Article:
Cannibalism in the Canyon takes a look at the newly discovered archaeological findings which suggest an ancient american native culture called the Anasazi (Ancestral Puebloans) were cannibals.
Human remains found at a twelfth-century A.D. site near Cowboy Wash in southwestern Colorado provide further evidence of cannibalism among the Anasazi.
The remains of 12 people were discovered at the site (designated 5MT10010), but only five were from burials.
The other seven appear to have been systematically dismembered, defleshed, their bones battered, and in some cases burned or stewed, leaving them in the same condition as bones of animals used for food.
Cut marks, fractures, and other stone-tool scars were present on the bones, and the light color of some suggests stewing.
Patterns of burning indicate that many were exposed to flame while still covered with flesh, which is what would be expected after cooking over a fire.
Was there a ceremonial purpose to this? Was it just common practice at this time? Or was this a way to create psychological warfare by eating and scaring their enemies?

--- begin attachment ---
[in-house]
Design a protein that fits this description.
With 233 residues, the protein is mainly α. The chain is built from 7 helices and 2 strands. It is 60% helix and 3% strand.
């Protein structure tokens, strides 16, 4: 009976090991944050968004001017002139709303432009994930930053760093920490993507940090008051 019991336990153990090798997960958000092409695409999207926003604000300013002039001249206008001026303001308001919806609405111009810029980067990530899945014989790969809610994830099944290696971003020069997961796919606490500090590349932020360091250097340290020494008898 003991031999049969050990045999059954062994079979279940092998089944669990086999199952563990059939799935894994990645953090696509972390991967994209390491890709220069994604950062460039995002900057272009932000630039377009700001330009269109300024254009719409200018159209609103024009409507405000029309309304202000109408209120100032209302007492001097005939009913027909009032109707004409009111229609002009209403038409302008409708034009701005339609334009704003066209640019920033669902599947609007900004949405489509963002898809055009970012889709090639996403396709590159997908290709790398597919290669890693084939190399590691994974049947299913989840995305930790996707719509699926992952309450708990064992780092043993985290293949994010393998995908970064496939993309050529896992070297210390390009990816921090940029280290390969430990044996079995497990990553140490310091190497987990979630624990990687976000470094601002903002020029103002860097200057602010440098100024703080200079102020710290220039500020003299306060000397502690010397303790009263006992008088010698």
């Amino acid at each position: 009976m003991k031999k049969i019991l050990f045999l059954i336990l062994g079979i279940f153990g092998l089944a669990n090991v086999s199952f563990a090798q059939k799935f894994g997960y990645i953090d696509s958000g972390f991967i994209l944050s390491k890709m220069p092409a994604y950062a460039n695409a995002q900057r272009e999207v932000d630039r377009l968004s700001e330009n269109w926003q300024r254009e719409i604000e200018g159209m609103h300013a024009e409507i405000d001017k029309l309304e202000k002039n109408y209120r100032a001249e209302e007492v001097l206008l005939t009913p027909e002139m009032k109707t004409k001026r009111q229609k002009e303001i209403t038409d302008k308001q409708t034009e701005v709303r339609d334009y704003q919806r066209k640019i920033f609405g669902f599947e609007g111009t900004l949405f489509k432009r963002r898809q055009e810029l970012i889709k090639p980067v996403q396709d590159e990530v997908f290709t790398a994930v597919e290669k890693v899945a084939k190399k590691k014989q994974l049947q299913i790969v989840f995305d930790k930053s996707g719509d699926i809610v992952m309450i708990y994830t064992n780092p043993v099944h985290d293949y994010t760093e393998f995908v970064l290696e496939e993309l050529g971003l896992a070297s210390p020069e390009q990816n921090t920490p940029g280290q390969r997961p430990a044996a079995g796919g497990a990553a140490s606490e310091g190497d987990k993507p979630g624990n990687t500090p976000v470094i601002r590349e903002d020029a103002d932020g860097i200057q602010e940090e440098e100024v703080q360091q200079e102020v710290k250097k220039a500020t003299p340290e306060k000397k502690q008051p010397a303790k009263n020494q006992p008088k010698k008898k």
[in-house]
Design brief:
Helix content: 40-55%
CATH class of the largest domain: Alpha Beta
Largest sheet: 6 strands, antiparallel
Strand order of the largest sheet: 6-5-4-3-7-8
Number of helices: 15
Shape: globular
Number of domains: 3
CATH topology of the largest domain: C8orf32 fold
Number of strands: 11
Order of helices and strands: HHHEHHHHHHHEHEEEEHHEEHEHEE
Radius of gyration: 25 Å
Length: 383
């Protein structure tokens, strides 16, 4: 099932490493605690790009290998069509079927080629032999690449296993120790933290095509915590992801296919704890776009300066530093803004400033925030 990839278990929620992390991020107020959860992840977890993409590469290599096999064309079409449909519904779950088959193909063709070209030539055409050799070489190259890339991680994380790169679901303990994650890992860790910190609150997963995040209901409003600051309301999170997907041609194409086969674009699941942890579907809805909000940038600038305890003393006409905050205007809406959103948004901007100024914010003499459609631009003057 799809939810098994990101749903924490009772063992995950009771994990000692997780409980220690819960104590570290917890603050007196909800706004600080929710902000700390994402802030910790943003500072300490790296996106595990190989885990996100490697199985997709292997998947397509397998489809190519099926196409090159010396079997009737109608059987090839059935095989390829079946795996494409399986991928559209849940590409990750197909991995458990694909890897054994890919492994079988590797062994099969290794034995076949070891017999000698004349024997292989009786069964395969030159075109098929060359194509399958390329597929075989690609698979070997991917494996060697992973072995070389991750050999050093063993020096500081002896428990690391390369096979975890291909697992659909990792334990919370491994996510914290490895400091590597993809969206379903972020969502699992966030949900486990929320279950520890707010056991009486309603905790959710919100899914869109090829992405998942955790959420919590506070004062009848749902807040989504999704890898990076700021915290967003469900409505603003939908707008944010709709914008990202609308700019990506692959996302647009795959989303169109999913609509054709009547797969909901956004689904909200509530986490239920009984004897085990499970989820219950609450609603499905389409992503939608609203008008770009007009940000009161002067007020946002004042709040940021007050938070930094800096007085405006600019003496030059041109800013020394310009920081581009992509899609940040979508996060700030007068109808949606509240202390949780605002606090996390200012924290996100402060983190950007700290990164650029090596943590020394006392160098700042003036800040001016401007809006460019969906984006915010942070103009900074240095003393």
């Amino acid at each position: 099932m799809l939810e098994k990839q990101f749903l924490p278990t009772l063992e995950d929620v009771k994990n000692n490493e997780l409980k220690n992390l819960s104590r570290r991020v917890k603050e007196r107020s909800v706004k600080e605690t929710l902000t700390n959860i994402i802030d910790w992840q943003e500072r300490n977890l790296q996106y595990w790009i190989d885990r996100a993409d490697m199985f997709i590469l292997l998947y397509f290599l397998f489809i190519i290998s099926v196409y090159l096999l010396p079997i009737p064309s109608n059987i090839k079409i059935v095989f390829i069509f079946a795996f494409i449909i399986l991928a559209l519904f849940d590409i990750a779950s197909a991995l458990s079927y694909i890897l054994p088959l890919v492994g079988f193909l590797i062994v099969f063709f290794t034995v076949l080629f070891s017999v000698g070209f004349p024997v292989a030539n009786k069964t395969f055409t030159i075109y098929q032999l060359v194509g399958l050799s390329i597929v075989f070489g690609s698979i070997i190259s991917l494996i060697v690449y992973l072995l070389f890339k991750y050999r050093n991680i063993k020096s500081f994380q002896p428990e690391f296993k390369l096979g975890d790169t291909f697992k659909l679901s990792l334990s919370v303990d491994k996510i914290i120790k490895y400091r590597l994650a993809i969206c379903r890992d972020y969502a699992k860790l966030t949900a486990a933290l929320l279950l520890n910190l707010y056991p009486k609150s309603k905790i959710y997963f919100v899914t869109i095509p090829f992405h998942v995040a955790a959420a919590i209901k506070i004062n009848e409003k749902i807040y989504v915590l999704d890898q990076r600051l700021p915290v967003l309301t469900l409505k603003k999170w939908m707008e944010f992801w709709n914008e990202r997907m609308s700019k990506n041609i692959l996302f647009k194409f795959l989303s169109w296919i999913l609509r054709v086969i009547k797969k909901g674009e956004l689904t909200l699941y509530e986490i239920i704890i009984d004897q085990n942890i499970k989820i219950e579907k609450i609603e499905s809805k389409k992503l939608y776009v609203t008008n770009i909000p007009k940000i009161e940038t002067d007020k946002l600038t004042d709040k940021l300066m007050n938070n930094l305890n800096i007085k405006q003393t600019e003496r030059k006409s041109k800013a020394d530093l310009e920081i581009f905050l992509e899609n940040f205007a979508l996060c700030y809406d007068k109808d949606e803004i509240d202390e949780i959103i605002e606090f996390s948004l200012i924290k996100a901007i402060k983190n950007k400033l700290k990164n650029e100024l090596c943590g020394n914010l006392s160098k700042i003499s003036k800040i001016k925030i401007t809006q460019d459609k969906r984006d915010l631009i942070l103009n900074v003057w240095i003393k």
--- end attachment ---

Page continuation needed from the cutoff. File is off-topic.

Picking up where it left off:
Although Archaeologists still debate when the Anasazi emerged, the current agreement, based on terminology defined by the Pecos Classification, suggests their emergence around the 12th century BC. – known as the Early Basketmaker era.
From their emergence, The Anasazi would continue to expand and still create habitations up and beyond the Pueblo Periods, ranging from 750 – 1600 AD.
The Anasazi usually lived in a range of structures that included small family pit houses, larger structures to house clans, grand pueblos, and cliff-sited dwellings for defense. So far, ruins of their long lost culture have been found in Colorado, Utah, New Mexico, and Arizona, USA.
- Release date2000
- Full runtime
- Director(s)Larry Engel
- Production companyEngel Entertainment